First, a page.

The latest data on the Toronto housing market shows that a sharp decline in sales has yet to trigger a drop in prices. However, a major indicator of market conditions suggests this could change soon.
The ratio of Toronto sales to new listings slumped to 41% in May, according to data released by the Canadian Real Estate Association (CREA) last Thursday. That’s the lowest it’s been since 2008 and is near the bottom of the range for what economists generally consider a balanced market.
This gauge is a pretty good predictor of home prices, and what it’s showing (based on the typical historical relationship between these two variables) is that a modest price decline is fairly certain.
According to Bloomberg’s calculations, the three-month moving average of sales to the new listings ratio explains nearly 60% of the variation in the Toronto benchmark home prices five months later. A sustained ratio of 40% suggests small, single-digit annual price declines in about half a year.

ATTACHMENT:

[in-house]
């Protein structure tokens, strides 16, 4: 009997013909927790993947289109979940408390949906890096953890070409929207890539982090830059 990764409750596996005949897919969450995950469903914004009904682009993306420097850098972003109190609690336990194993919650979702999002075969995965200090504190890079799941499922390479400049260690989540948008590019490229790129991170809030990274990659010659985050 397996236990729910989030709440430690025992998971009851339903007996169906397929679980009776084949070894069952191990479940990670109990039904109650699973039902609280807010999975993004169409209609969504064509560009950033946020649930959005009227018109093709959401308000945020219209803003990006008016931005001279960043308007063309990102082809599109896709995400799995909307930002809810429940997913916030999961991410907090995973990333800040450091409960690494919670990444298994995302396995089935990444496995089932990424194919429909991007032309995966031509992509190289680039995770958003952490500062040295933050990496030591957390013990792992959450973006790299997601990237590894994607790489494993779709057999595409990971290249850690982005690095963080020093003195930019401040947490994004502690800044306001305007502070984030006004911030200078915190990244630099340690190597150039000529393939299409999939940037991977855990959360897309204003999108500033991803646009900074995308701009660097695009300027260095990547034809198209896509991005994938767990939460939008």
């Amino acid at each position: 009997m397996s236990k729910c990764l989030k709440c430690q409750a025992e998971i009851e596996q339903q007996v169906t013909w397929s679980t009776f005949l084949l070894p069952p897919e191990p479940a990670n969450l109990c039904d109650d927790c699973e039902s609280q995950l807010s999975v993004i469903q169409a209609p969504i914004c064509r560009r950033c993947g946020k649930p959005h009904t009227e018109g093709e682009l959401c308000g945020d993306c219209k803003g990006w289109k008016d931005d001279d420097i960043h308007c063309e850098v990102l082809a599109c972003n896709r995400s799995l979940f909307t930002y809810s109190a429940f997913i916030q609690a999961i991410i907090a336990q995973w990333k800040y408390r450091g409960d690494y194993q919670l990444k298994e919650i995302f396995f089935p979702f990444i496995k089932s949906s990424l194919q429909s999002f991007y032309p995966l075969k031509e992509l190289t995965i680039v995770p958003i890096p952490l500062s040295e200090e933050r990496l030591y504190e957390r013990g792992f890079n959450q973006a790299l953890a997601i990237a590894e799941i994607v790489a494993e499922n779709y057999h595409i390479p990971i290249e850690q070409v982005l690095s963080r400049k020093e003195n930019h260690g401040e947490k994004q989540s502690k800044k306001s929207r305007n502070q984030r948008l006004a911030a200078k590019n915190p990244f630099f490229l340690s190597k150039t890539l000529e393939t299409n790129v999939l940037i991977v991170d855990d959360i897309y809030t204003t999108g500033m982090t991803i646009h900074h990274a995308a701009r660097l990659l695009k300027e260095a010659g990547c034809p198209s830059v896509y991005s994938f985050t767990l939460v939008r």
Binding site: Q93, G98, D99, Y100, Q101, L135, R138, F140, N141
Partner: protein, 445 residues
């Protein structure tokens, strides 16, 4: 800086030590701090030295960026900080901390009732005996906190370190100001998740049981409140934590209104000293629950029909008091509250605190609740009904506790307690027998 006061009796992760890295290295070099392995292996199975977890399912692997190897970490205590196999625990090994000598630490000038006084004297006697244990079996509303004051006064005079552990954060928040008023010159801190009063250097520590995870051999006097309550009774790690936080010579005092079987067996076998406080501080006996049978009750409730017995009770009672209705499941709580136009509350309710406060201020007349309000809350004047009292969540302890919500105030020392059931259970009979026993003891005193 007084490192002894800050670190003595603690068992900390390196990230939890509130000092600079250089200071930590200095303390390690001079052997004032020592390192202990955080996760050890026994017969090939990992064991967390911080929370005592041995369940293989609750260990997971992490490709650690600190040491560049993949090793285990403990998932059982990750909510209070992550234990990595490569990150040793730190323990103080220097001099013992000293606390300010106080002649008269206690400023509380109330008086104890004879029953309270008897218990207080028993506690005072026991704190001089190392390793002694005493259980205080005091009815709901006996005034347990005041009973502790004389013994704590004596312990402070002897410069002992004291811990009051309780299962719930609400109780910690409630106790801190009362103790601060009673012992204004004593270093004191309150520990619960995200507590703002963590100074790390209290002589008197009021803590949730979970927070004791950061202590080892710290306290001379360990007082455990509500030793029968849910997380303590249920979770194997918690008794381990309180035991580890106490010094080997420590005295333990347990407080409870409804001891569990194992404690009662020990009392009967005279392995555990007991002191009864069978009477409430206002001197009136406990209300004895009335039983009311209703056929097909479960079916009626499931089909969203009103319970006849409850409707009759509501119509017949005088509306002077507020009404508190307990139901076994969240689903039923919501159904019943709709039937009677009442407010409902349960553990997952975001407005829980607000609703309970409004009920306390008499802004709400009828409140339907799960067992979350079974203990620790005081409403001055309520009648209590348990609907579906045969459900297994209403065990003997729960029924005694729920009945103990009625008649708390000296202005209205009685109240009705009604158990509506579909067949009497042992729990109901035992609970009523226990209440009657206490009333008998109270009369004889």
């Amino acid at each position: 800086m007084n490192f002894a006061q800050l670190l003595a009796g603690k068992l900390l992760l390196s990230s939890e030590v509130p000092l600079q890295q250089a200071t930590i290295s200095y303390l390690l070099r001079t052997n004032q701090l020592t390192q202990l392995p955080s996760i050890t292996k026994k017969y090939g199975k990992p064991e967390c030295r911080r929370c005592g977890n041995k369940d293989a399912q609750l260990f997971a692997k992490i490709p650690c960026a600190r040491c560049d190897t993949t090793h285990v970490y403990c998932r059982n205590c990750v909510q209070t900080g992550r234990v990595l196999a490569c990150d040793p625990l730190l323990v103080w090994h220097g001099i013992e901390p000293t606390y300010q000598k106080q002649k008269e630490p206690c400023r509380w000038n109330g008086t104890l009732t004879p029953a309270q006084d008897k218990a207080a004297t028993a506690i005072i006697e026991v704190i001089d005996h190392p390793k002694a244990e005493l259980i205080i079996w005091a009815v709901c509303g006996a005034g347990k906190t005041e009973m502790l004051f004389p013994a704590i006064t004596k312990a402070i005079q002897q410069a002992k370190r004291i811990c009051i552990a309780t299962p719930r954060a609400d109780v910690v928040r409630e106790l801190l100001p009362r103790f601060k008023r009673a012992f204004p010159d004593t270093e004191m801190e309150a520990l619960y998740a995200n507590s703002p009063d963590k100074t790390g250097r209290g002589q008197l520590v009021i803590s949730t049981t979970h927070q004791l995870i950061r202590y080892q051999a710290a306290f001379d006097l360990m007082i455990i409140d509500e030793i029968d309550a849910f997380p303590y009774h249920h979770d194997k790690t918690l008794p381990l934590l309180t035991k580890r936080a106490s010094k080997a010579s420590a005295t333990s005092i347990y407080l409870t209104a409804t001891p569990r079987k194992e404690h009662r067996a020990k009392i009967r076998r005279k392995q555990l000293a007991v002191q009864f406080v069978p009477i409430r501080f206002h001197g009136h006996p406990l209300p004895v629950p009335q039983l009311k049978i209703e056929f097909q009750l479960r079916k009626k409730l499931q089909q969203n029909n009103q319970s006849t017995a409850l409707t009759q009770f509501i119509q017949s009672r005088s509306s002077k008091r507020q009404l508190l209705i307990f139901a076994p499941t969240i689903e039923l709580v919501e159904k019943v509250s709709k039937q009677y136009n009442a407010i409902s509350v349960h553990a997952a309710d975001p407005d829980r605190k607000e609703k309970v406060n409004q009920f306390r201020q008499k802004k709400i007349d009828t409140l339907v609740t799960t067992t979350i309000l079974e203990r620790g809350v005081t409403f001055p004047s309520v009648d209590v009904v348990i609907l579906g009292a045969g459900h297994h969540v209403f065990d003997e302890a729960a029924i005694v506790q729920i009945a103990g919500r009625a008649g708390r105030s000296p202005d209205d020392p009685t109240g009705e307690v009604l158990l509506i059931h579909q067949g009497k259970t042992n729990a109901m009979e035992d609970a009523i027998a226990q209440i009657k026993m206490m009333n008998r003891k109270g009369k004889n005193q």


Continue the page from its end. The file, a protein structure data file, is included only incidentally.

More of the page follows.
Most economists, including the Bank of Canada (BoC) believe home prices are headed for a soft landing. They’ve been climbing steadily for years, and the recent run of annual gains in excess of 30% was bound to end. Even amid the sales decline last month, Toronto benchmark prices were up 1.2% in May.
The soft landing predicted by the model, however, assumes there will be a smooth and orderly correction, whereas Toronto dynamics seem to be out of control. In its recent semi-annual financial system review, BoC said a sharp price correction in Toronto and Vancouver is unlikely because strong underlying fundamentals “support the idea that a downturn in prices would be limited.”
This view was given added credence when BoC Governor Stephen Poloz and Senior Deputy Governor Carolyn Wilkins recently suggested that the Canadian economy was strong enough to withstand the gradual withdrawal of stimulus. Essentially, the policymakers are saying they’re comfortable enough with the situation in the Toronto and Vancouver real estate markets to risk the possible fallout from higher borrowing costs.
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